Kassel. Stationary fuel cells in the heating market have big potential. “Particularly in the small power segment, the diversity of the devices has increased immensely,” explains Detlef Mirsch, Head of Technical Services at WINGAS. The workshop “Step on the gas for fuel cells“, which WINGAS invited municipal utility customers to attend in Kassel, explained the current state of these micro-CHP units as well as the legal framework, the technical developments of fuel cells as well as their practical use in selected flagship projects.
Dr. Rolf Albus, from the Gas and Heating Institute in Essen, reported on his experiences with the Bottrop model project “Innovation City”, which has been running for about one and a half years. In this project, 100 CHP series devices, including twelve fuel cells, were installed in single and two-family homes across an entire neighbourhood. “There is great acceptance among end consumers for this innovative and environmentally friendly technology. The devices also win support because they are readily available on the market and allow great reductions in CO2 emissions,” Albus emphasizes.
Evaluation difficulties because of the EnEV
Professor Bert Oschatz from the Institute for Building Services Engineering outlined the problems relating to the legal framework. In his presentation he underlined that fuel cells could only be adequately evaluated with the current energy saving regulation (EnEV) indirectly and thus with great difficulties. This was making it difficult for the technology to enter the market, especially in the new building sector, the expert said. Oschatz demonstrated a temporary solution, but says that action urgently needs to be taken as far as the forthcoming energy saving regulation is concerned.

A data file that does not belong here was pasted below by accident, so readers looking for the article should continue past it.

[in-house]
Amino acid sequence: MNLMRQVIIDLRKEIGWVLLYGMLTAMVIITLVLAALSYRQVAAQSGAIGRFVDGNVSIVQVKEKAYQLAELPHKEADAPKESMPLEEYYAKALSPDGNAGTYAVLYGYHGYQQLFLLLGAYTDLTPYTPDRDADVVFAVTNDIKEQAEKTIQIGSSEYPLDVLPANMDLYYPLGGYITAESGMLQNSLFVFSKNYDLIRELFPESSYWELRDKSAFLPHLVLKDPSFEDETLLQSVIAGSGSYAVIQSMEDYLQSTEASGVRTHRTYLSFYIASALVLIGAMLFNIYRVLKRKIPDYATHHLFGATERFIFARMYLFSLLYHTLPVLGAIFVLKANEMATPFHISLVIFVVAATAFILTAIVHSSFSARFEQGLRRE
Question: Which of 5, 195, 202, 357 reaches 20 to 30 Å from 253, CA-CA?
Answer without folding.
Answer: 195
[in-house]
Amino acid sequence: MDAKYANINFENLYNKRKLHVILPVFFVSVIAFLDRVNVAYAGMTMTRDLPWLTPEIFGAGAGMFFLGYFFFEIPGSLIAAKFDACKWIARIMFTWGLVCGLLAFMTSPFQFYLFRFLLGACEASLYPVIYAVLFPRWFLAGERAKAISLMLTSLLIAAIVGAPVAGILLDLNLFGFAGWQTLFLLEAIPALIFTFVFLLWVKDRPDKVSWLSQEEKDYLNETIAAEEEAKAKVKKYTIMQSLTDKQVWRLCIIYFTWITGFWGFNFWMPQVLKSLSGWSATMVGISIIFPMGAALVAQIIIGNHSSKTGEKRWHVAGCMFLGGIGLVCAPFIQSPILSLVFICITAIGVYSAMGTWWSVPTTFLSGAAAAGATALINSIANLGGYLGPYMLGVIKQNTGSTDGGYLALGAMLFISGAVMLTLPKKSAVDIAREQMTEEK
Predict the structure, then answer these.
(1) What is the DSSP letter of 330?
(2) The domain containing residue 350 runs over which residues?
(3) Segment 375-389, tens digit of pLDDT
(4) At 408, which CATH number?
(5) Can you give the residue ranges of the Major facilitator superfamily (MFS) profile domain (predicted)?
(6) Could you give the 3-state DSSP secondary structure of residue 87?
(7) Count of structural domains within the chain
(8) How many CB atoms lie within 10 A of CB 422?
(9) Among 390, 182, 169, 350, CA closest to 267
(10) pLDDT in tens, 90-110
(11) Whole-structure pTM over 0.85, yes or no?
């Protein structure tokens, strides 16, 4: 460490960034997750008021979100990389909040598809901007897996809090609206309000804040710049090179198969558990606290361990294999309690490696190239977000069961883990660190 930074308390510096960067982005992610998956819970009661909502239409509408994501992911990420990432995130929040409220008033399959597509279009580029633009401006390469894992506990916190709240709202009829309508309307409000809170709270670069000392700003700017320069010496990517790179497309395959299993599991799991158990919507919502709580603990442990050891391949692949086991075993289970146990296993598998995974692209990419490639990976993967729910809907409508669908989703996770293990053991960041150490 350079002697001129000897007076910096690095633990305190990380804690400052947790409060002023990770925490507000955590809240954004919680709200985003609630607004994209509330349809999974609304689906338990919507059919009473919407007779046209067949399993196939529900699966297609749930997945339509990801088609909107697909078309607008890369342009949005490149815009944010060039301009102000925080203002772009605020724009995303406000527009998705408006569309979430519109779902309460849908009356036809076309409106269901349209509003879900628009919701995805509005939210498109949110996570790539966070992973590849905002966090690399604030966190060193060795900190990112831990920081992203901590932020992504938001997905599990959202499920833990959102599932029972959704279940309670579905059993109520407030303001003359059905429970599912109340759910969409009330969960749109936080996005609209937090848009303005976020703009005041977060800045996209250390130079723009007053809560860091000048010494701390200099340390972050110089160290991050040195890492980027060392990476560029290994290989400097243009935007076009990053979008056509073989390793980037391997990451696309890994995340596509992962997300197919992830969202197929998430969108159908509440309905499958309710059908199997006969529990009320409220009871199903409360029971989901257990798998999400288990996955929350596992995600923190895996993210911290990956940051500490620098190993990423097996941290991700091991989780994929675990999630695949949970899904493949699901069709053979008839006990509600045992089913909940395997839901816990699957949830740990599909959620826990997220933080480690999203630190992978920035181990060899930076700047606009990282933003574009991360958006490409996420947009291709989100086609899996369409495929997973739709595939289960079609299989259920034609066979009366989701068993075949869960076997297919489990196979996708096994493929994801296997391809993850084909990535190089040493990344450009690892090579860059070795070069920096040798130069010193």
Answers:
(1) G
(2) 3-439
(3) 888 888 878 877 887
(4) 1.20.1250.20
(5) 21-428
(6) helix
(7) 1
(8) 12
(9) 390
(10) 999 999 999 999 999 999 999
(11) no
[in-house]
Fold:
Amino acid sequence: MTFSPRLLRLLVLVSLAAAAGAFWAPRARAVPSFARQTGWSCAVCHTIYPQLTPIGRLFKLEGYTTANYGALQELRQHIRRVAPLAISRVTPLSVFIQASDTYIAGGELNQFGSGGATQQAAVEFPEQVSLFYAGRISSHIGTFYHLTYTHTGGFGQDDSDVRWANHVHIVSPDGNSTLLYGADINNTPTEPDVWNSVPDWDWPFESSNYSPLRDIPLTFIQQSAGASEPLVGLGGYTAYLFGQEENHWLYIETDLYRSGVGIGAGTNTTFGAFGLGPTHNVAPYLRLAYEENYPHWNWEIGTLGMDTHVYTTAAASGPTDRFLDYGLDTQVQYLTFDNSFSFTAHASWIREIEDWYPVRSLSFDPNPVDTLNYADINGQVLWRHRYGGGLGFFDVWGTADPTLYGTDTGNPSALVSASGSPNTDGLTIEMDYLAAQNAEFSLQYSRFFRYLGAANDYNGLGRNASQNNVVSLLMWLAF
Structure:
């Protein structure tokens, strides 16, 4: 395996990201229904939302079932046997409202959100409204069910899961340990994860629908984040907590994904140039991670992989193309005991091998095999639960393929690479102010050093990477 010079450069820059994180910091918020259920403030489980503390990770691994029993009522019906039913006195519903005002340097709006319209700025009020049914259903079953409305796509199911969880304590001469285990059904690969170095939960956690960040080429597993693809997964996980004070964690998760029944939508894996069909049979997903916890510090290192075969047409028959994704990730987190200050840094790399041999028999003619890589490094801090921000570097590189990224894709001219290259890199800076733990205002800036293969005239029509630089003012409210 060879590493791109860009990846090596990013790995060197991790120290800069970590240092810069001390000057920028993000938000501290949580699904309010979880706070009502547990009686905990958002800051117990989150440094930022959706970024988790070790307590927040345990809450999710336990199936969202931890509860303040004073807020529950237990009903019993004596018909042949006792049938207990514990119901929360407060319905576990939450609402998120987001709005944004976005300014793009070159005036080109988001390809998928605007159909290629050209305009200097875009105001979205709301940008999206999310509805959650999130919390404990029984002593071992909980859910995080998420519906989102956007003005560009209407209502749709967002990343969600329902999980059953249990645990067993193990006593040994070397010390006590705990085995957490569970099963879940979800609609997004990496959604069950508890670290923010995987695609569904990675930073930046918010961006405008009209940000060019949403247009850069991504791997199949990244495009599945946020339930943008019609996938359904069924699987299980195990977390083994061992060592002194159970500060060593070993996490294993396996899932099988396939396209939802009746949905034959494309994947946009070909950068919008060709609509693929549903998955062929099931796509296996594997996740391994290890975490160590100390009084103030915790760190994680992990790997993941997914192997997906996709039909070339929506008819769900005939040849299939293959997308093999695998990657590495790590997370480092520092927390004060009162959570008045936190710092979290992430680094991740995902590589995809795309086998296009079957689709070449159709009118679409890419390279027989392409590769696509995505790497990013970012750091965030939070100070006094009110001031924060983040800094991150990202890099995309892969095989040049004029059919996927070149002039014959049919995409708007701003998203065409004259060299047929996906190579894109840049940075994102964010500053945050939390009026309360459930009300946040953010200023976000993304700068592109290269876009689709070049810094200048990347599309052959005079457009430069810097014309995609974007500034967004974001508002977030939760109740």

Various fuel cell manufacturers, some of whom already offered marketable devices, also spoke at the workshop. Prominent representatives of the industry, including Vaillant, Ceramic Fuel Cells, SenerTec, Elcore, Viessmann und Buderus, presented their products for the small power segment up to 1.5 kWel. The company FuelCell Energy Solutions also showcased solutions in a much larger power segment, thus rounding off the market for this technology.
Higher quantities necessary for cost reductions
The event participants agreed that the costs for a fuel cell are currently the biggest obstacle to broad market penetration. A cut in prices could be reached first and foremost with higher quantities, Mirsch said: “Municipal utility companies could play an important role here in setting an example and helping to spread and establish this highly efficient natural gas technology”.